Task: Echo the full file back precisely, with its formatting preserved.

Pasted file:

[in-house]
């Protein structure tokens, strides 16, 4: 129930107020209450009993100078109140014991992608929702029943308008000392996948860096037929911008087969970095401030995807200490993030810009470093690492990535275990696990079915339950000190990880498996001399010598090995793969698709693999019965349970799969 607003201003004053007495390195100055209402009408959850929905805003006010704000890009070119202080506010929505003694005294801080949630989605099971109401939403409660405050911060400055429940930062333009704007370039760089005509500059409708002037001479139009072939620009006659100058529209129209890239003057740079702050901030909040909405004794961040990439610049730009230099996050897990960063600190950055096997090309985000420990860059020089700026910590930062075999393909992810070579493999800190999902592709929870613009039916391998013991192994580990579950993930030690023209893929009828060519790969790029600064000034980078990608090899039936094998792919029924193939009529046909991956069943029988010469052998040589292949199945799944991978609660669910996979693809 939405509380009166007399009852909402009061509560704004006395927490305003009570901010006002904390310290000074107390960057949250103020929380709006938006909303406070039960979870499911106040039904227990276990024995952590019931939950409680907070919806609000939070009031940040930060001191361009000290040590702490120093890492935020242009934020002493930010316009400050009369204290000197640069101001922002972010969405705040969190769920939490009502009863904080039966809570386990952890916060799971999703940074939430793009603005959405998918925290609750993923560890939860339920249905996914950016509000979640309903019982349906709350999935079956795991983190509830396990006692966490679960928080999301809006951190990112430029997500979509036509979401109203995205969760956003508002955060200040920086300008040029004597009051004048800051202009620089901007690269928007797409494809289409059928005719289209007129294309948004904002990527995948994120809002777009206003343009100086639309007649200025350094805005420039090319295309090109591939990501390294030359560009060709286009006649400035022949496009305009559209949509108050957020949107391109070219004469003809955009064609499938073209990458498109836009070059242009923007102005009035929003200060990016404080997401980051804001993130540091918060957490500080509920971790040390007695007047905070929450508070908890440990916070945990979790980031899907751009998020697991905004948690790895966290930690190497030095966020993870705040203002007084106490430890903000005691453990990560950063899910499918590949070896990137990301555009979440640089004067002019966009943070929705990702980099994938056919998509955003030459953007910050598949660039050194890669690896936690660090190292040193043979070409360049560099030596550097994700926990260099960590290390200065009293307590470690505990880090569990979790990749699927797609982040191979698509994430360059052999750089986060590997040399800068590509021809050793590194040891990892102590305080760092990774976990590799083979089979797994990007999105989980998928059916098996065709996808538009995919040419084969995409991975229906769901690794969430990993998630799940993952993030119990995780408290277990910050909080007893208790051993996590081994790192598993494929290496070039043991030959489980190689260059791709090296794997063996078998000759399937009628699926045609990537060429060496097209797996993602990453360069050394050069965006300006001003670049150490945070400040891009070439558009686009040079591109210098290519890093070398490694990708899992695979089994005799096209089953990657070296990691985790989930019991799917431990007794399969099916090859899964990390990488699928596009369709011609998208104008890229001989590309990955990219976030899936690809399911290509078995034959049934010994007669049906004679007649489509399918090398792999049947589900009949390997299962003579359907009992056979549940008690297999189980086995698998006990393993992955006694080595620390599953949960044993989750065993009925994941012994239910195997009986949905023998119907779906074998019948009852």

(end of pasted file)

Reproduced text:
[in-house]
């Protein structure tokens, strides 16, 4: 129930107020209450009993100078109140014991992608929702029943308008000392996948860096037929911008087969970095401030995807200490993030810009470093690492990535275990696990079915339950000190990880498996001399010598090995793969698709693999019965349970799969 607003201003004053007495390195100055209402009408959850929905805003006010704000890009070119202080506010929505003694005294801080949630989605099971109401939403409660405050911060400055429940930062333009704007370039760089005509500059409708002037001479139009072939620009006659100058529209129209890239003057740079702050901030909040909405004794961040990439610049730009230099996050897990960063600190950055096997090309985000420990860059020089700026910590930062075999393909992810070579493999800190999902592709929870613009039916391998013991192994580990579950993930030690023209893929009828060519790969790029600064000034980078990608090899039936094998792919029924193939009529046909991956069943029988010469052998040589292949199945799944991978609660669910996979693809 939405509380009166007399009852909402009061509560704004006395927490305003009570901010006002904390310290000074107390960057949250103020929380709006938006909303406070039960979870499911106040039904227990276990024995952590019931939950409680907070919806609000939070009031940040930060001191361009000290040590702490120093890492935020242009934020002493930010316009400050009369204290000197640069101001922002972010969405705040969190769920939490009502009863904080039966809570386990952890916060799971999703940074939430793009603005959405998918925290609750993923560890939860339920249905996914950016509000979640309903019982349906709350999935079956795991983190509830396990006692966490679960928080999301809006951190990112430029997500979509036509979401109203995205969760956003508002955060200040920086300008040029004597009051004048800051202009620089901007690269928007797409494809289409059928005719289209007129294309948004904002990527995948994120809002777009206003343009100086639309007649200025350094805005420039090319295309090109591939990501390294030359560009060709286009006649400035022949496009305009559209949509108050957020949107391109070219004469003809955009064609499938073209990458498109836009070059242009923007102005009035929003200060990016404080997401980051804001993130540091918060957490500080509920971790040390007695007047905070929450508070908890440990916070945990979790980031899907751009998020697991905004948690790895966290930690190497030095966020993870705040203002007084106490430890903000005691453990990560950063899910499918590949070896990137990301555009979440640089004067002019966009943070929705990702980099994938056919998509955003030459953007910050598949660039050194890669690896936690660090190292040193043979070409360049560099030596550097994700926990260099960590290390200065009293307590470690505990880090569990979790990749699927797609982040191979698509994430360059052999750089986060590997040399800068590509021809050793590194040891990892102590305080760092990774976990590799083979089979797994990007999105989980998928059916098996065709996808538009995919040419084969995409991975229906769901690794969430990993998630799940993952993030119990995780408290277990910050909080007893208790051993996590081994790192598993494929290496070039043991030959489980190689260059791709090296794997063996078998000759399937009628699926045609990537060429060496097209797996993602990453360069050394050069965006300006001003670049150490945070400040891009070439558009686009040079591109210098290519890093070398490694990708899992695979089994005799096209089953990657070296990691985790989930019991799917431990007794399969099916090859899964990390990488699928596009369709011609998208104008890229001989590309990955990219976030899936690809399911290509078995034959049934010994007669049906004679007649489509399918090398792999049947589900009949390997299962003579359907009992056979549940008690297999189980086995698998006990393993992955006694080595620390599953949960044993989750065993009925994941012994239910195997009986949905023998119907779906074998019948009852």